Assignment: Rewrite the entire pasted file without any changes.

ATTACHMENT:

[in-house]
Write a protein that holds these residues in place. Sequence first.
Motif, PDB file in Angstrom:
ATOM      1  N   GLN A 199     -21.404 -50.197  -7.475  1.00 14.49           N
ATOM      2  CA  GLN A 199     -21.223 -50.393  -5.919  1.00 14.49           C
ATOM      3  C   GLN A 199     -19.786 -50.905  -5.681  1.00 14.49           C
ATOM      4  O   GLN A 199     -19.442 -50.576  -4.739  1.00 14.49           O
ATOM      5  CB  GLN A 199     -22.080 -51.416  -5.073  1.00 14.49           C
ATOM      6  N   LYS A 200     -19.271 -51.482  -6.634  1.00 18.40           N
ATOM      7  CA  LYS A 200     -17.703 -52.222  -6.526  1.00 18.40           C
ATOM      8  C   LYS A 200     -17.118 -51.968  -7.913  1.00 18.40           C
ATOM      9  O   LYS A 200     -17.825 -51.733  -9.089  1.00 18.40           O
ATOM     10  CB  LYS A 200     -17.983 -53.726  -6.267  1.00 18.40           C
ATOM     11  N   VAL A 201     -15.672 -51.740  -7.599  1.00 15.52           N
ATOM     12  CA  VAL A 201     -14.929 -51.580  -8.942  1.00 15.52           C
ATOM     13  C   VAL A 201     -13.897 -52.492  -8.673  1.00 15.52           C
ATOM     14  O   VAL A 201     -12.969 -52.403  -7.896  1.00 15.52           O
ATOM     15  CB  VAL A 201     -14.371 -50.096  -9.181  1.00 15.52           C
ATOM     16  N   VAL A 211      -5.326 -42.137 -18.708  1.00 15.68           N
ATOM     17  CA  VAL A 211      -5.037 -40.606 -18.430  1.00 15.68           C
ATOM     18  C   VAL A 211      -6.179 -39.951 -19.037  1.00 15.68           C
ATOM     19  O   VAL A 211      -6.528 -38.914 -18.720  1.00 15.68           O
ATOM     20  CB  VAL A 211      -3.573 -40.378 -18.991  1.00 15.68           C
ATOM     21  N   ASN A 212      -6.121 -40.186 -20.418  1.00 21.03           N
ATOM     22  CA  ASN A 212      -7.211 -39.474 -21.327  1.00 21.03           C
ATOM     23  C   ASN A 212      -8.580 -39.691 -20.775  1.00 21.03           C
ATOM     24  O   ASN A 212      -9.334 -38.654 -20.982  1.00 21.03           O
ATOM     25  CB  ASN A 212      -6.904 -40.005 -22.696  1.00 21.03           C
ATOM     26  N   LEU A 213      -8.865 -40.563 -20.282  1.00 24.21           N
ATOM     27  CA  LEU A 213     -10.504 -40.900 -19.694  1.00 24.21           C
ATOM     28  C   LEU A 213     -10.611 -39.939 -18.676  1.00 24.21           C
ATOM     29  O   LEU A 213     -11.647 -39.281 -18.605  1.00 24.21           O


[in-house]
Write a protein that holds these residues in place. Sequence first.
Motif, PDB file in Angstrom:
ATOM      1  N   GLN A 199     -21.404 -50.197  -7.475  1.00 14.49           N
ATOM      2  CA  GLN A 199     -21.223 -50.393  -5.919  1.00 14.49           C
ATOM      3  C   GLN A 199     -19.786 -50.905  -5.681  1.00 14.49           C
ATOM      4  O   GLN A 199     -19.442 -50.576  -4.739  1.00 14.49           O
ATOM      5  CB  GLN A 199     -22.080 -51.416  -5.073  1.00 14.49           C
ATOM      6  N   LYS A 200     -19.271 -51.482  -6.634  1.00 18.40           N
ATOM      7  CA  LYS A 200     -17.703 -52.222  -6.526  1.00 18.40           C
ATOM      8  C   LYS A 200     -17.118 -51.968  -7.913  1.00 18.40           C
ATOM      9  O   LYS A 200     -17.825 -51.733  -9.089  1.00 18.40           O
ATOM     10  CB  LYS A 200     -17.983 -53.726  -6.267  1.00 18.40           C
ATOM     11  N   VAL A 201     -15.672 -51.740  -7.599  1.00 15.52           N
ATOM     12  CA  VAL A 201     -14.929 -51.580  -8.942  1.00 15.52           C
ATOM     13  C   VAL A 201     -13.897 -52.492  -8.673  1.00 15.52           C
ATOM     14  O   VAL A 201     -12.969 -52.403  -7.896  1.00 15.52           O
ATOM     15  CB  VAL A 201     -14.371 -50.096  -9.181  1.00 15.52           C
ATOM     16  N   VAL A 211      -5.326 -42.137 -18.708  1.00 15.68           N
ATOM     17  CA  VAL A 211      -5.037 -40.606 -18.430  1.00 15.68           C
ATOM     18  C   VAL A 211      -6.179 -39.951 -19.037  1.00 15.68           C
ATOM     19  O   VAL A 211      -6.528 -38.914 -18.720  1.00 15.68           O
ATOM     20  CB  VAL A 211      -3.573 -40.378 -18.991  1.00 15.68           C
ATOM     21  N   ASN A 212      -6.121 -40.186 -20.418  1.00 21.03           N
ATOM     22  CA  ASN A 212      -7.211 -39.474 -21.327  1.00 21.03           C
ATOM     23  C   ASN A 212      -8.580 -39.691 -20.775  1.00 21.03           C
ATOM     24  O   ASN A 212      -9.334 -38.654 -20.982  1.00 21.03           O
ATOM     25  CB  ASN A 212      -6.904 -40.005 -22.696  1.00 21.03           C
ATOM     26  N   LEU A 213      -8.865 -40.563 -20.282  1.00 24.21           N
ATOM     27  CA  LEU A 213     -10.504 -40.900 -19.694  1.00 24.21           C
ATOM     28  C   LEU A 213     -10.611 -39.939 -18.676  1.00 24.21           C
ATOM     29  O   LEU A 213     -11.647 -39.281 -18.605  1.00 24.21           O